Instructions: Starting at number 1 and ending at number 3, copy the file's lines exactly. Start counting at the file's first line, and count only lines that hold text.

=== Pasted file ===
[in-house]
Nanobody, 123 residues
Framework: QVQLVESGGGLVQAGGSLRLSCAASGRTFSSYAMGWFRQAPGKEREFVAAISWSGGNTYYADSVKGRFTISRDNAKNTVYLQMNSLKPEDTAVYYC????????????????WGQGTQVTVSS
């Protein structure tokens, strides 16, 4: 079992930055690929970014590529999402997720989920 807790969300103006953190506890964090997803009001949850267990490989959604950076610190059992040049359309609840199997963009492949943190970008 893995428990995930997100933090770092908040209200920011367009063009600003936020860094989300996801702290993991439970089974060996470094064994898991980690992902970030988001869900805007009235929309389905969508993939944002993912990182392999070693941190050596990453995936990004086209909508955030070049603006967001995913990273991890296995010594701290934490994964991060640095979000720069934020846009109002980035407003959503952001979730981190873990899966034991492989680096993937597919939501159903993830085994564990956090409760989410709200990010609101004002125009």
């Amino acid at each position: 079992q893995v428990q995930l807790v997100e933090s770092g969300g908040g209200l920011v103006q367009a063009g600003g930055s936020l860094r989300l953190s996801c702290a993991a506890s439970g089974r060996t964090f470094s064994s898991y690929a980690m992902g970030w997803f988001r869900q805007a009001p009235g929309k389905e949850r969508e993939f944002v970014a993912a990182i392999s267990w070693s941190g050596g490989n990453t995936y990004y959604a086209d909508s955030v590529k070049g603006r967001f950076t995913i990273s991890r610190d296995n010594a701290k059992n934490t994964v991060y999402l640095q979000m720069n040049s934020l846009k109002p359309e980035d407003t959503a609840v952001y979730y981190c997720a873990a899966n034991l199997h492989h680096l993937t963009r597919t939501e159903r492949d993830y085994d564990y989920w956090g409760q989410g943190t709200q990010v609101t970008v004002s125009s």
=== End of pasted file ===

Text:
[in-house]
Nanobody, 123 residues
Framework: QVQLVESGGGLVQAGGSLRLSCAASGRTFSSYAMGWFRQAPGKEREFVAAISWSGGNTYYADSVKGRFTISRDNAKNTVYLQMNSLKPEDTAVYYC????????????????WGQGTQVTVSS